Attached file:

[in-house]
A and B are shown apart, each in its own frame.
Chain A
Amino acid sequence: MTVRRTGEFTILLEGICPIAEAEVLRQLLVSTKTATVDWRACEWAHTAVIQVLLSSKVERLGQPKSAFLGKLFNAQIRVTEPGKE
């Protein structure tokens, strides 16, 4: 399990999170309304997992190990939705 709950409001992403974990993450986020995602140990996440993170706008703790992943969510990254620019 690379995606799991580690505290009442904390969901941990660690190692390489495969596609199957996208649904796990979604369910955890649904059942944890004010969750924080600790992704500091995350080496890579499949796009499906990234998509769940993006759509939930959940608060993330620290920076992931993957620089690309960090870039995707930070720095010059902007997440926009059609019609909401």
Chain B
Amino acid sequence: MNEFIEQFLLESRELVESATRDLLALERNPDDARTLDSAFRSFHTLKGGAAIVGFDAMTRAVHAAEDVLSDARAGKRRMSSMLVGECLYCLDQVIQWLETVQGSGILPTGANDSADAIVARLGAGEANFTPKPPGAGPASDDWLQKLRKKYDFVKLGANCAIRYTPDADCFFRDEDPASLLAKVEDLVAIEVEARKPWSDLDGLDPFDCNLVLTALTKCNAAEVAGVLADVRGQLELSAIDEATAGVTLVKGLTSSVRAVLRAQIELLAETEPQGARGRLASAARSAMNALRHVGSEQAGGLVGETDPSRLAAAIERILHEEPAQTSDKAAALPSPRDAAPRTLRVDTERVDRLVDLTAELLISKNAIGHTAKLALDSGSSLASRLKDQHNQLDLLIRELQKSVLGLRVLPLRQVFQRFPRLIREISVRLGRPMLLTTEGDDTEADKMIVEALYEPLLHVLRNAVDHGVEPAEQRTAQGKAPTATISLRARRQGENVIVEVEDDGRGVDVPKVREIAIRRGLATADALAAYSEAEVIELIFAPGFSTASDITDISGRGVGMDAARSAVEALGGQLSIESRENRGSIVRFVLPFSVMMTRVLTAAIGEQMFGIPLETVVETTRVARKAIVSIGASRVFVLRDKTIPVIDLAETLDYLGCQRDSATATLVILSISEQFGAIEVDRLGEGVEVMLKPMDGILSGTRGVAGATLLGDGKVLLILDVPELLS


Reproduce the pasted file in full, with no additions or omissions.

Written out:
[in-house]
A and B are shown apart, each in its own frame.
Chain A
Amino acid sequence: MTVRRTGEFTILLEGICPIAEAEVLRQLLVSTKTATVDWRACEWAHTAVIQVLLSSKVERLGQPKSAFLGKLFNAQIRVTEPGKE
């Protein structure tokens, strides 16, 4: 399990999170309304997992190990939705 709950409001992403974990993450986020995602140990996440993170706008703790992943969510990254620019 690379995606799991580690505290009442904390969901941990660690190692390489495969596609199957996208649904796990979604369910955890649904059942944890004010969750924080600790992704500091995350080496890579499949796009499906990234998509769940993006759509939930959940608060993330620290920076992931993957620089690309960090870039995707930070720095010059902007997440926009059609019609909401």
Chain B
Amino acid sequence: MNEFIEQFLLESRELVESATRDLLALERNPDDARTLDSAFRSFHTLKGGAAIVGFDAMTRAVHAAEDVLSDARAGKRRMSSMLVGECLYCLDQVIQWLETVQGSGILPTGANDSADAIVARLGAGEANFTPKPPGAGPASDDWLQKLRKKYDFVKLGANCAIRYTPDADCFFRDEDPASLLAKVEDLVAIEVEARKPWSDLDGLDPFDCNLVLTALTKCNAAEVAGVLADVRGQLELSAIDEATAGVTLVKGLTSSVRAVLRAQIELLAETEPQGARGRLASAARSAMNALRHVGSEQAGGLVGETDPSRLAAAIERILHEEPAQTSDKAAALPSPRDAAPRTLRVDTERVDRLVDLTAELLISKNAIGHTAKLALDSGSSLASRLKDQHNQLDLLIRELQKSVLGLRVLPLRQVFQRFPRLIREISVRLGRPMLLTTEGDDTEADKMIVEALYEPLLHVLRNAVDHGVEPAEQRTAQGKAPTATISLRARRQGENVIVEVEDDGRGVDVPKVREIAIRRGLATADALAAYSEAEVIELIFAPGFSTASDITDISGRGVGMDAARSAVEALGGQLSIESRENRGSIVRFVLPFSVMMTRVLTAAIGEQMFGIPLETVVETTRVARKAIVSIGASRVFVLRDKTIPVIDLAETLDYLGCQRDSATATLVILSISEQFGAIEVDRLGEGVEVMLKPMDGILSGTRGVAGATLLGDGKVLLILDVPELLS